Aaron Swartz didn't leave a suicide note, but his family had little doubt about what pushed him over the edge. More evidence for the ties between Swartz's legal troubles and his suicide came out this week, when we learned that prosecutors had doubled down on their mission to send him to jail. In the weeks leading up to his suicide, Swartz had failed to reach a plea bargain with the prosecution, who insisted that he would go to jail for at least seven years. A guilty plea on all counts could have reduced that sentence to six to eight months but would still brand Swartz as a criminal for life.

    "I think Aaron was frightened and bewildered that they'd taken this incredibly hard line against him," Peters said this week. "He didn't want to go to jail. He didn't want to be a felon." Swartz's girlfriend says that she's been worrying about him more and more in the days leading up to his suicide. She's the one who found him on Friday morning, hanging from the window by a belt in a Crown Heights apartment.

    U.S. Attorney Carmen Ortiz

    The options Swartz faced “never really changed” during the two years the case went on, the Globe reports:

    Swartz could plead guilty to all 13 felony charges and the government would argue for a six-month prison term while Swartz’s lawyers argued for less time; or Swartz could plead guilty to all 13 felonies and accept a sentence of four months. A fine was never specifically discussed as part of the plea agreement.

    Last week, attempts by Swartz's lawyer to resolve the case in a way that wouldn't "destroy his life" were rejected by the government.

    Not everyone thinks the charges against him were unfair. Orin Kerr, a law professor at George Washington University who represented the MySpace "cyber bullying" pioneer Lori Drew, defended the prosecution's case in a lengthy essay on Monday. “None of the charges involved aggressive readings of the law or any apparent prosecutorial overreach,” Kerr wrote. “All of the charges were based on established case law... pretty much what any good federal prosecutor would have charged.”

    But Kerr pointed out that "there may have been reasons not to charge Swartz even though he had violated these statutes or to offer him a lenient plea." It is "hard to know if the prosecution abused its discretion in terms of a plea offer,” he told the Globe.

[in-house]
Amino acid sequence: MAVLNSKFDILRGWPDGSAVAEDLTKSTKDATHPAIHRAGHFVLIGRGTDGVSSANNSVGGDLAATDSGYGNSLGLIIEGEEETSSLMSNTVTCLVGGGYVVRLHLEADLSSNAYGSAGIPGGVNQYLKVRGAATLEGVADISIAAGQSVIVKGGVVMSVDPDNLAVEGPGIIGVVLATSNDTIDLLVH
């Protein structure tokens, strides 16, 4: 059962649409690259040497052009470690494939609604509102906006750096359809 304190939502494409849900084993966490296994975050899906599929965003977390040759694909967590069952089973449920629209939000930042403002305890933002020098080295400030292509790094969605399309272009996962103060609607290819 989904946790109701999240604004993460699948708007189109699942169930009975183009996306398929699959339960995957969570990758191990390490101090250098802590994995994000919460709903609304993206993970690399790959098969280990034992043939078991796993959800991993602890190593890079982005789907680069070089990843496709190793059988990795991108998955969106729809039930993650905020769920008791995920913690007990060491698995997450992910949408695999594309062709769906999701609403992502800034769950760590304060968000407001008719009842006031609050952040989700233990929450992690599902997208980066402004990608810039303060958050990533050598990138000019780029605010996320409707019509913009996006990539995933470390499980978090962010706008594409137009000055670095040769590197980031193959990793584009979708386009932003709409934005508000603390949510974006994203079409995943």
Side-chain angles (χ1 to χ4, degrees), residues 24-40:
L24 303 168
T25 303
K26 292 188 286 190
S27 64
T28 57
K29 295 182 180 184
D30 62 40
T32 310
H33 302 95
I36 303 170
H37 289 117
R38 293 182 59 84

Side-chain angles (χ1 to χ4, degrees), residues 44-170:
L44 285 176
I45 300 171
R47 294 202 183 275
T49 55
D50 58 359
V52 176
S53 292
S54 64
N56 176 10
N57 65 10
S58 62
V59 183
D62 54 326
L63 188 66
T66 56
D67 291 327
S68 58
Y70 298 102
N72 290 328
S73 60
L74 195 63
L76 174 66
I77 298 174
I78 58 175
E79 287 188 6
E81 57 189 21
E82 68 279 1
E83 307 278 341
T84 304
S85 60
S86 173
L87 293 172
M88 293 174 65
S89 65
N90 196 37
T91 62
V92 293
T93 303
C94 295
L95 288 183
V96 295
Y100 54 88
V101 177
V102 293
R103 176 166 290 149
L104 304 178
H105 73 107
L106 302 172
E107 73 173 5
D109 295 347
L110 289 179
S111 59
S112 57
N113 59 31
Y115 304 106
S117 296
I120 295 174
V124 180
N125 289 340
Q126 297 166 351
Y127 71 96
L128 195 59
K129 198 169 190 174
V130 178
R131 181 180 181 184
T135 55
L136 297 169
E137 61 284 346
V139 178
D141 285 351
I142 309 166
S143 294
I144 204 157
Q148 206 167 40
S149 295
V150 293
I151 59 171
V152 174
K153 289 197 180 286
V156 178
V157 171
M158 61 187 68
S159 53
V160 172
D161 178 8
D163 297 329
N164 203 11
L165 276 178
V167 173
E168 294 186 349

There is a light at the end of the tunnel here. As more than a couple of folks close to Swartz have argued, this tragedy provides a chance to fix the computer crime laws that they say have long been out of sync with reality. Marcia Hofman at the Electronic Frontier Foundation presents a convincing case for reforming the 1986 Computer Fraud and Abuse Act which, she says, is "too broad and too vague" — in effect, prosecutors can manipulate the law to fit the "crime" — and also has "far too heavy-handed penalties" — including life in prison, in some cases.

    Jennifer Granick from the Center for Internet and Society at Stanford Law School goes into even more specific detail about where the laws stand and past failed efforts to reform them. A new White House petition calling for the Obama administration to "reform the Computer Fraud and Abuse Act to reflect the realities of computing and networks in 2013." It needs 25,000 signatures by February 13 to be seen by the White House. As of this writing, it had 1,267.

    But before we get to reform, we have to get past the rage. That will take a little bit of time, and the Internet researcher Danah Boyd, a friend of Swartz, explains why:

    So here we are today, the world lacking a prodigious child whose intellect scared the shit out of everyone who knew him. He became a toy for a government set on showing their strength. And they bullied him and preyed on his weaknesses and sought to break him. And they did. All for the performance of justice. All before he was even tried in a society that prides itself on innocent until proven guilty.

    A more immediate kind of reform is brewing: already a White House petition to remove Ortiz has received the necessary 25,000 signatures. Will that matter? While the White House just responded to a recent petition to build a real-life Death Star, a petition with 50,000 signatures to provide open access to scholarly articles remains unanswered, seven months after it was proposed.